Christopher Parr of Parr Interactive wrote the following article for Madison Magazine in 2001, defining the top 10 things, the secrets, you really need to know when creating a successful corporate or small business web site. He recently rediscovered the article — and is publishing it as a 10 year retrospective on online marketing and web design. Before Facebook, Twitter and Klout, revisit 2001:
Creating a web presence? Madison, Wisconsin-based web designer and marketer Christopher Parr offers the inside scoop on what you should know — and what you should avoid.
- Know your audience. Create a site for the customer, not what someone in your company or an agency “thinks” the site should say or do. Also, consider the new visitor — look at your site with this fresh perspective — and explain who you are and what you offer at a brief glance.
- Simplify the site. Make it fast and easy to navigate. The colors and images should naturally flow from section to section. Be intuitive.
- Update frequently. No one will return to your site if the content never changes. Give potential customers a reason to come back for more. From their view, a stale site reflects the nature of your company.
- You get what you pay for. Not all designers and developers are created equal. Put the money into it and build a site of value that will last. Consider it an investment.
- Not everyone needs a dot com. If you’re a liquor store or a local dentist, sure, create a brief site that includes directions, phone numbers and an e-mail address. Have an “about us” page. But there’s no reason to build an $80,000 wiz-bang site with Flash animation and distracting bells and whistles. Don’t be talked into something you don’t need.
- Be prepared for a long and bumpy ride. Regardless of what anyone promises, it’s not easy to create an online presence — especially an e-commerce site. From selecting Internet service providers to working with developers or implementing consumer service software, the process may take twice as long as expected.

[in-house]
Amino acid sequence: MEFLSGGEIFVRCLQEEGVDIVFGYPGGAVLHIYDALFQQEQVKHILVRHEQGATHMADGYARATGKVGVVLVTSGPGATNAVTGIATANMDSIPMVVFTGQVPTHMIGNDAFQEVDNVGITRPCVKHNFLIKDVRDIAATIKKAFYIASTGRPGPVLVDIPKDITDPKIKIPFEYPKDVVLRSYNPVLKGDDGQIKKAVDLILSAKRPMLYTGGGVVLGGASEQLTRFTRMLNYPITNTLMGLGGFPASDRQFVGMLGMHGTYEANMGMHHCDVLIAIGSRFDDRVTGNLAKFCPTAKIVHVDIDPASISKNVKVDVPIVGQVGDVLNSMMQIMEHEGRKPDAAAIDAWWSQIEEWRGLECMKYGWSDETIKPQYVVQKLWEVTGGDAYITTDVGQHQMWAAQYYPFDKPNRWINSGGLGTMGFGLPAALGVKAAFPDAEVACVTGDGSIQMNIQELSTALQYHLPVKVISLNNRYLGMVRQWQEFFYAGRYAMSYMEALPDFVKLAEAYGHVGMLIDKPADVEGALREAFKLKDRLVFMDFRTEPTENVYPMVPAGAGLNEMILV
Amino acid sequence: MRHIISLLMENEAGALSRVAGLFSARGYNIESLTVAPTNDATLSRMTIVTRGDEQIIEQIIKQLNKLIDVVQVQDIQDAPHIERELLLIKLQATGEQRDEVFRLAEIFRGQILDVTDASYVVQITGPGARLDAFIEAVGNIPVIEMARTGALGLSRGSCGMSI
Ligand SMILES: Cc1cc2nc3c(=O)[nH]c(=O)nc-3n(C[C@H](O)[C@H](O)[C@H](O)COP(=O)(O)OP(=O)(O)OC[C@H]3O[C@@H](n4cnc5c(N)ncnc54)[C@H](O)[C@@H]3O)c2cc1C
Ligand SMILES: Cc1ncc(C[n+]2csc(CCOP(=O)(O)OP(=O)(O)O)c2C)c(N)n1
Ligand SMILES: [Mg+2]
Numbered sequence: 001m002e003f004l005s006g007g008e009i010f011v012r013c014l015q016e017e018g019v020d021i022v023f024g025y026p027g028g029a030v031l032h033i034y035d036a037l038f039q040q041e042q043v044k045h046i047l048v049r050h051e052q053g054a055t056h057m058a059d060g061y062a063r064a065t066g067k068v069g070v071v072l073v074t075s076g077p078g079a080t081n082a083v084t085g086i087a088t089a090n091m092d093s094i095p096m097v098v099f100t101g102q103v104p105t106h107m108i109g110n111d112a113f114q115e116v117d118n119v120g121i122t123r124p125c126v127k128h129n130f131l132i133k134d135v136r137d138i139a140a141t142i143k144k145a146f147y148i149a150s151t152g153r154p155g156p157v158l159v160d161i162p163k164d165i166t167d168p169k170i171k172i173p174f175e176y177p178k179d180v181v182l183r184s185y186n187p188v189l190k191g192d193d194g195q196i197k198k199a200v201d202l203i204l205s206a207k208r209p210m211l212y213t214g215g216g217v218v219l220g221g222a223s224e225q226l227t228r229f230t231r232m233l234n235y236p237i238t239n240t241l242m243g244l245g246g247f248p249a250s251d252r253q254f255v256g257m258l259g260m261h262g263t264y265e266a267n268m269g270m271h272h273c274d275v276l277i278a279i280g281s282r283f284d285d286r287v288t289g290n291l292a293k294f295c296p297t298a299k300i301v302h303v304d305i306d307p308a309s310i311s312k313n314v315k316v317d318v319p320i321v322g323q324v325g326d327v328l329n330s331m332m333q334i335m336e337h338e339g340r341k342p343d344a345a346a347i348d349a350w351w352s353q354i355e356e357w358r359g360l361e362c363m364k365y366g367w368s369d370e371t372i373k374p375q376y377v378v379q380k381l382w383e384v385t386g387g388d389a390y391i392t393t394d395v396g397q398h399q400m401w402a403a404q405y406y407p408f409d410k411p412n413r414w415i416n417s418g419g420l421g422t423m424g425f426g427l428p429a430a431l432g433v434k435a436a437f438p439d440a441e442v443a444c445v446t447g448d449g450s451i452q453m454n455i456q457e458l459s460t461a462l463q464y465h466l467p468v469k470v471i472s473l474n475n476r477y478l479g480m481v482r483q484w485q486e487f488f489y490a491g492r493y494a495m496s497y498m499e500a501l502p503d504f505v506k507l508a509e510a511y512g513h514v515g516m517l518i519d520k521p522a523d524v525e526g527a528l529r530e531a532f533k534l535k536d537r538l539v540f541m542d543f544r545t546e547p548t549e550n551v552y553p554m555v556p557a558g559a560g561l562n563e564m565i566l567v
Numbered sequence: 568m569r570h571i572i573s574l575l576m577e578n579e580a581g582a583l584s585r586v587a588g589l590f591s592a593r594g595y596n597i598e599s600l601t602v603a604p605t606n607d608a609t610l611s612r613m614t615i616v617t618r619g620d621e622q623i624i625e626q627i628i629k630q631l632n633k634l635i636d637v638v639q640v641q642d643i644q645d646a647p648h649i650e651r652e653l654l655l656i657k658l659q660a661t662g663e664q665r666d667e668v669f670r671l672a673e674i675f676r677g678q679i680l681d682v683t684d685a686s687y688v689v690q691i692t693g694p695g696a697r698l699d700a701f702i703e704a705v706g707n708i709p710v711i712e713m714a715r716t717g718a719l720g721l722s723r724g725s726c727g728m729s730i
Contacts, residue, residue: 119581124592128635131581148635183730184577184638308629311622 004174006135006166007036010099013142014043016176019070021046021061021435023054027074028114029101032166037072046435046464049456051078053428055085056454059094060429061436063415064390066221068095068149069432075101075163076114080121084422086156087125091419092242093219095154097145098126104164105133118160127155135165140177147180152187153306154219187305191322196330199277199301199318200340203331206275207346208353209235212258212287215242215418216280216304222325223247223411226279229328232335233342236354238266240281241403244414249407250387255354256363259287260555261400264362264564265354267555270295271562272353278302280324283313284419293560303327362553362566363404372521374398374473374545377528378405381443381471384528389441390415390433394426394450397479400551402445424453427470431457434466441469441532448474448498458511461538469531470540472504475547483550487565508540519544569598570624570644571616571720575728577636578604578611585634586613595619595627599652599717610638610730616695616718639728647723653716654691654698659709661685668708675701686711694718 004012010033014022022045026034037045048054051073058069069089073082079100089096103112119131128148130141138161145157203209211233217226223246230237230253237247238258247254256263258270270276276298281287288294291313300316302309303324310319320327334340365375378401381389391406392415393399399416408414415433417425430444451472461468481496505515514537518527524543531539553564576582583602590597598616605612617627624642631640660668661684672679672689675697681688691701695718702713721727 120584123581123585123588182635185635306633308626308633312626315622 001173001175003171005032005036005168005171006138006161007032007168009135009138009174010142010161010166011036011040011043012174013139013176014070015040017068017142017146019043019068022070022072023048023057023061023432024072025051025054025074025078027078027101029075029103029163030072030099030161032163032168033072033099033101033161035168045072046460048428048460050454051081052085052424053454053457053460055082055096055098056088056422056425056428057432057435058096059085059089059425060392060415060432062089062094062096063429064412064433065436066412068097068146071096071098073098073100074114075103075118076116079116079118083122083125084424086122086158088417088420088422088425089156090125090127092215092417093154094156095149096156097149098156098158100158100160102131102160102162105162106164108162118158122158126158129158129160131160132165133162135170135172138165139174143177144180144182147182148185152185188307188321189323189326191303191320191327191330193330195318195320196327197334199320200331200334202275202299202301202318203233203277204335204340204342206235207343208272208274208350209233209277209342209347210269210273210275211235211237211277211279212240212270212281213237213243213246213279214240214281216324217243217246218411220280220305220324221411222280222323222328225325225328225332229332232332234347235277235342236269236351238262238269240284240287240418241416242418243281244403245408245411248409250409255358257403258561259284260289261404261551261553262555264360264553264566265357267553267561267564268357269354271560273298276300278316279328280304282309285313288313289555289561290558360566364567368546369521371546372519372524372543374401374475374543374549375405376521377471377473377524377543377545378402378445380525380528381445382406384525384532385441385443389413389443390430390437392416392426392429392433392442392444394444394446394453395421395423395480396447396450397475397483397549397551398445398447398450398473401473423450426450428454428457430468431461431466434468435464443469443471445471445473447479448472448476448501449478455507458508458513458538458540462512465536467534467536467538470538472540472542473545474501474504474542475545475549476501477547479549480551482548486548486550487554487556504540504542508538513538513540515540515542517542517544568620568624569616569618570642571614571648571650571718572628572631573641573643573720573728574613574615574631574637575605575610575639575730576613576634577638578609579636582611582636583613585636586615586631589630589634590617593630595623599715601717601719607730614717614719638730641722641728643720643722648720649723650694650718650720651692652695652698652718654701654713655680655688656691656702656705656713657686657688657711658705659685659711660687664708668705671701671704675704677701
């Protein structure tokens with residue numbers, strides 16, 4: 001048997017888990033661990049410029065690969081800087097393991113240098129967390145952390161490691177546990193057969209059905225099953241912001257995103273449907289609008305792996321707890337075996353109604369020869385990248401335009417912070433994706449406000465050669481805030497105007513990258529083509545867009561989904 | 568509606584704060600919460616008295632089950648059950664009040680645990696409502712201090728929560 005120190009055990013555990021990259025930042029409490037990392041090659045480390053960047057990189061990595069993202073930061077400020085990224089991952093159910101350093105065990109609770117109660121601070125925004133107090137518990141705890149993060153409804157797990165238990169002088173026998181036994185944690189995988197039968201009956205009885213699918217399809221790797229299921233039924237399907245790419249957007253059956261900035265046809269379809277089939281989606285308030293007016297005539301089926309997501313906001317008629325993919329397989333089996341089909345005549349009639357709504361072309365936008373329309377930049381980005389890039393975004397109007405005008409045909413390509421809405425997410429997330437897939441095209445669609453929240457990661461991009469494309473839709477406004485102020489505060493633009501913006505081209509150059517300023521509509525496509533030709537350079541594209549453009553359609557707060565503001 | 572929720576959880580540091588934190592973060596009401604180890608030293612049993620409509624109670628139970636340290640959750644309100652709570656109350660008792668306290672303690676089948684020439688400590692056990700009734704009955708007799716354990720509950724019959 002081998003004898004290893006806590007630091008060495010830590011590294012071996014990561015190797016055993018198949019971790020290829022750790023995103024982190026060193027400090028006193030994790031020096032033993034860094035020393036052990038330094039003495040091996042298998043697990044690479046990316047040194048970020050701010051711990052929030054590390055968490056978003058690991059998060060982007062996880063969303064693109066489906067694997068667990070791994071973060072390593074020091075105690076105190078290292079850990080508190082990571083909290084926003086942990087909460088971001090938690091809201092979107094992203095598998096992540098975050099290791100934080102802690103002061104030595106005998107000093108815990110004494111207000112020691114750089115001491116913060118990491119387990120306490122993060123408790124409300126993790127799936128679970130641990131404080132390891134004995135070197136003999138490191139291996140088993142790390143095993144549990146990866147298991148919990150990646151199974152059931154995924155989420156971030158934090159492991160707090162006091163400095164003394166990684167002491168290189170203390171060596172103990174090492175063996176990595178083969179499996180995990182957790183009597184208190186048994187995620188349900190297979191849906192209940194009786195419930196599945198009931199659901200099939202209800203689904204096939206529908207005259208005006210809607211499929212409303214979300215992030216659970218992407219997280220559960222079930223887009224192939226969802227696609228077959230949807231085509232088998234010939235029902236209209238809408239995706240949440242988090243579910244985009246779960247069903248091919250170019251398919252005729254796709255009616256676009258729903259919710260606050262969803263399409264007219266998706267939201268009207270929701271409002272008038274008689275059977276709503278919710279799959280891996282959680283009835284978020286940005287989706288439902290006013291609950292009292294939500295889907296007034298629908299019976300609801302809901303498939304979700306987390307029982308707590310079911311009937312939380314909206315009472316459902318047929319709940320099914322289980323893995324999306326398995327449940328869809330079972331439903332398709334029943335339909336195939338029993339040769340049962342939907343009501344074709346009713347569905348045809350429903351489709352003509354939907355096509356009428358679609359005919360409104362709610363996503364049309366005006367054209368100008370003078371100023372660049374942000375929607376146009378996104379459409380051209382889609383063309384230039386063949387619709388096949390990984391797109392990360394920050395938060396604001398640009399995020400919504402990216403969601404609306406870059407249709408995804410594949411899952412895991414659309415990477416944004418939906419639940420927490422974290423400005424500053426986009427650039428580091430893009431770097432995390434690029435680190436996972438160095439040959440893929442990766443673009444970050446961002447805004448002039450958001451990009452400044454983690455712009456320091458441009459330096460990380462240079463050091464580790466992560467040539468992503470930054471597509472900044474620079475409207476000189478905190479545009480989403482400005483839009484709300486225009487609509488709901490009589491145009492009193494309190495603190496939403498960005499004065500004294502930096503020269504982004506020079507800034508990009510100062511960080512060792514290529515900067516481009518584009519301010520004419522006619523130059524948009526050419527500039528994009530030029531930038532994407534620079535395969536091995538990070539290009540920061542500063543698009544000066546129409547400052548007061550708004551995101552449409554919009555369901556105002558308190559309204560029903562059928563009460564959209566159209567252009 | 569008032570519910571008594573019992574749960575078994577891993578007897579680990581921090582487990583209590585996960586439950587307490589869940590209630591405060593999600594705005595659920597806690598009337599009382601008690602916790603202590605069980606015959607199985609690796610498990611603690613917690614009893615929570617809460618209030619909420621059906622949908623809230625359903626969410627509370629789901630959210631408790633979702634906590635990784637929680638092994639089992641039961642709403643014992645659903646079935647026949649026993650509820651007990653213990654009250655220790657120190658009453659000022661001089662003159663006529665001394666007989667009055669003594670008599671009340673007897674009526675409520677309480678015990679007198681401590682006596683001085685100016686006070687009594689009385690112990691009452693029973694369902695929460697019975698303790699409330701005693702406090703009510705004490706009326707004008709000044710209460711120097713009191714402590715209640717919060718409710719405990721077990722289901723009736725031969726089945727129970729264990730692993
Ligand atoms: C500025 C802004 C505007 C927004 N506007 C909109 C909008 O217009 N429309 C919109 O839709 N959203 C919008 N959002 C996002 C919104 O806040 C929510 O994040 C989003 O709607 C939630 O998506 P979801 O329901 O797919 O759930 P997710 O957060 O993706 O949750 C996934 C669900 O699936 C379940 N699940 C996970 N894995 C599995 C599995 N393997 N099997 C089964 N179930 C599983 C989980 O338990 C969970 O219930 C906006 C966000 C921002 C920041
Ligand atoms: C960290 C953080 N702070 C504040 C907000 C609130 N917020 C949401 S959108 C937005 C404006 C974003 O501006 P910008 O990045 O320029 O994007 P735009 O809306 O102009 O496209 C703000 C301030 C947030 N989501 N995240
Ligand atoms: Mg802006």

- No presence is better than a bad presence. As customers compare sites and services — a quickie site created by your nephew with Microsoft Front Page might be a turnoff. You may be the best in your field, but first impressions are everything.
- Cruise the competition. You might be able to catch their mistakes before you make them online. Learn by their strengths and weaknesses.
- Get the facts. You may go with a developer because you admire one of the sites they created — but the designer who created the site is no longer there. Or, perhaps they just host the site — someone else designed it. Ask who’s working on your project; find out skills and experience; call their clients and ask if they delivered as promised.
- You’re online. Now what? With the glut of Web sites, it’s hard to get noticed. Be proactive; include your URL on billboards, letterheads, business cards and ads. Avoid blowing your entire marketing budget on that Superbowl ad. Submit the site to search engines and directories, promote it on newsgroups and initiate cross-promotions with other sites. Buy banner ads on Yahoo or purchase keywords on GoTo. Provide excellent customer service and deliver as promised. Basically, you’ve just begun.
Christopher Parr, CEO of Parr Interactive, is an award-winning writer and online marketing strategist. Since 1995, the Madison, Wisconsin-based internet pioneer and marketer has launched numerous successful web projects, viral videos and online marketing campaigns for Fortune 500 companies. In addition to creating blogging and buzz marketing platforms, services include web design, social media marketing, digital marketing and SEO in Madison and Milwaukee (WI). Visit www.parrinteractive.com to learn more.